The geographical, historical, cultural, political and social centre of London is arguably, Trafalgar Square? On so many levels, Trafalgar Square is all about Britain. Take New Year’s Eve, Londoners (well, mainly young ones) come out in their thousands to see the new year in. It celebrates the significance of the battle of Trafalgar, a battle that was a defining moment in British history when Lord Admiral Horatio Nelson frustrated Napoleon’s ambitions at sea, paving the way for Britain’s dominance over the oceans for the next century. It has been the focus of political protest since 1844 and of course, has been the place where we celebrate contemporary national heroes.
The focus of the square is the stone column commemorating Lord Admiral Horatio Nelson and he is surrounded by kings and 19th century military heroes (some of who’s contribution has been lost in the mists of time-and in any event, not the purpose of this piece).
The Fourth Plinth – When the square was laid out in 1844, there was a plan to install an equestrian statue of King William IV who had been king of England between 1820 and 1827. Those seven short years produced some lasting effects on English society but William’s involvement in them is not well remembered. In fact, such was the lack of recognition in his contribution that there was not sufficient interest in a fund to raise money for a statue in his memory. Debate raged for years as to how to complete the square (which had a plinth already for his statue). But William’s plinth remained empty.
Finally, in 1999 the decision was made for a programme of temporary, contemporary art installations to fill the space, and fill the space, they certainly have. Being contemporary, they confront your senses, they provoke emotion, they require thought and always more to them than meets the eye. The current incumbent is a black fist with a protruding thumb entitled “Everything’s really good.” By David Shrigley. It replaced a skeletal horse which in turn replaced a blue cockerel. (I have heard one observer comment that they’ve replaced one cock with another).
So, whatever next? Recently, the next contenders for the coveted place were announced and went on display inside the National Gallery (http://www.nationalgallery.org.uk ). What are we to expect and which would you choose?
The Emperors Old Clothes -Raqs Media Collective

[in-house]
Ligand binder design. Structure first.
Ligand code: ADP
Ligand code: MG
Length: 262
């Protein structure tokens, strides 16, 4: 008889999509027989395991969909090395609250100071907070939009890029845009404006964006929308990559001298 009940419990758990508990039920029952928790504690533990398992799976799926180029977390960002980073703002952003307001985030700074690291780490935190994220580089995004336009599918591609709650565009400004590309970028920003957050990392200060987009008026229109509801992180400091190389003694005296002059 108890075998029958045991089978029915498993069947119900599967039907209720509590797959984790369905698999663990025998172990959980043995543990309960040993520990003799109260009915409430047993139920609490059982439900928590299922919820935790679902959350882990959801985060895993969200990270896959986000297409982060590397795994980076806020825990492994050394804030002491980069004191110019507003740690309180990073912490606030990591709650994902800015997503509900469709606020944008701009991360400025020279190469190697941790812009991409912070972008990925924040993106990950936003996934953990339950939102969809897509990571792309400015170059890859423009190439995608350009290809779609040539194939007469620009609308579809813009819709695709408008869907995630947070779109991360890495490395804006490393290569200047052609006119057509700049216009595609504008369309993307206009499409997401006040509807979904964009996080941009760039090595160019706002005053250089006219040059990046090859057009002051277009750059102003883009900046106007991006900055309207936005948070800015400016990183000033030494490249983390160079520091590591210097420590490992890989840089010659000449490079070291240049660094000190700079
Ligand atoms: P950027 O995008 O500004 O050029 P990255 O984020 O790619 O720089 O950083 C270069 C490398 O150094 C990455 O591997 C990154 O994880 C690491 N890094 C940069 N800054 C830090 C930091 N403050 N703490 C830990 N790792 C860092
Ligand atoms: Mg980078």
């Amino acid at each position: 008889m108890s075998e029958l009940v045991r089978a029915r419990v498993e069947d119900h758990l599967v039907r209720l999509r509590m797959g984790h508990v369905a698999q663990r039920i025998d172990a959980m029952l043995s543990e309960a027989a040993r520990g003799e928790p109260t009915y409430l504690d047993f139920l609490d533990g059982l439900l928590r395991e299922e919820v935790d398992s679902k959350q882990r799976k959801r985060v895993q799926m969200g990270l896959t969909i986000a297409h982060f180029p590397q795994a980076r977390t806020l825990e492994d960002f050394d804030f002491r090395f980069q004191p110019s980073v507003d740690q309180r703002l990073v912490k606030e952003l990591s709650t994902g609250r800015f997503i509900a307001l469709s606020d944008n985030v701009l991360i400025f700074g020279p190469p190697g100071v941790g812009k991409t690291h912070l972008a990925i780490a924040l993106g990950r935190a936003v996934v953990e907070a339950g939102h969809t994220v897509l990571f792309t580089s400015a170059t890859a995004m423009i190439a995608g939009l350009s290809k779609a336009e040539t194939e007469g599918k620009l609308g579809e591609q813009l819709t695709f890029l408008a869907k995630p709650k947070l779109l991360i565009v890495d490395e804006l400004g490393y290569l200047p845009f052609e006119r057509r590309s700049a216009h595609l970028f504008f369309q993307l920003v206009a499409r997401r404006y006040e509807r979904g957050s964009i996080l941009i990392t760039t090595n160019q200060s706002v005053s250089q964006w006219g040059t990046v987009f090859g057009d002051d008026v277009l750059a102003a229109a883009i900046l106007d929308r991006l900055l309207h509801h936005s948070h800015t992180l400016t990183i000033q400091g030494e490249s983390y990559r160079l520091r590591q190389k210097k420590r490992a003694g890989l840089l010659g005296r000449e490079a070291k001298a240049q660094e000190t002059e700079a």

If you enter the viewing area from the Getty entrance, this is the first of the sculptures to greet you. On the face of it, this is the obvious and most suitable choice for the plinth. A classic white stone sculpture of the ceremonial dress of an important public figure. The title of the work suggests that these are the state robes of an emperor. But who and where is the emperor in question? Questions are what this piece is all about. Is power about the individual or the clothes that are worn. Is this power dressing or a dressing for the powerful?
The End-Heather Phillipson
When I first heard this described I was horrified and my reaction was that a blob of cream with a cherry on the top, and its accoutrements are not suited to Trafalgar Square. On seeing it and appreciating the concept, I am not so appalled. “The End is the cherry on the cream and on top of the cream and on the cream are the parasites.” The parasites in this case are represented by a drone. This piece is making a comment about the balance between the best things in life and the need for society to be protected. The square is a place of joy and mass protest. At what point does a society’s protector become invasive?
The premise here is that a disparate group of every day objects are presented in an alternate setting. As you would not expect to see a Volkswagen Camper van stacked high with a set of precariously balanced ladders forming what else but a high way. The artist has highlighted the examples in the developing world where beautiful sculptures are created by anonymous artists that brighten the bleak and banal.
Brown cork, white polystyrene and “painterly marks” help form an abstract structure reminiscent of a cartoon city. It requires some imagination to appreciate the artist’s view and like as not would provoke sentiment if it were selected to sit upon the plinth. Then again, that is the ethos of the plinth: To confront and challenge.
The invisible Enemy Should Not Exist-Michael Rakowitz
Challenging and confronting a different audience, this gets my vote on a number of levels. I recognise it from a similar beast in the British Museum but here it is represented in its original form, richly decorated. The Winged Bulls of Khorsabad in the Assyrian galleries at the British Museum ( http://www.britishmuseum.org )remind us of the power of past empires. The Winged Bulls guarded the royal palace, the bearded man’s head to show wisdom, the wings to show speed and the body to demonstrate strength. Put this replica from Palmyra, destroyed by insurgents in modern day Syria and a powerful statement of solidarity and resistance is made.
Fourth Plinth Shortlist Exhibition at the National Gallery
Between 19 January – 26 March 2017-Free admission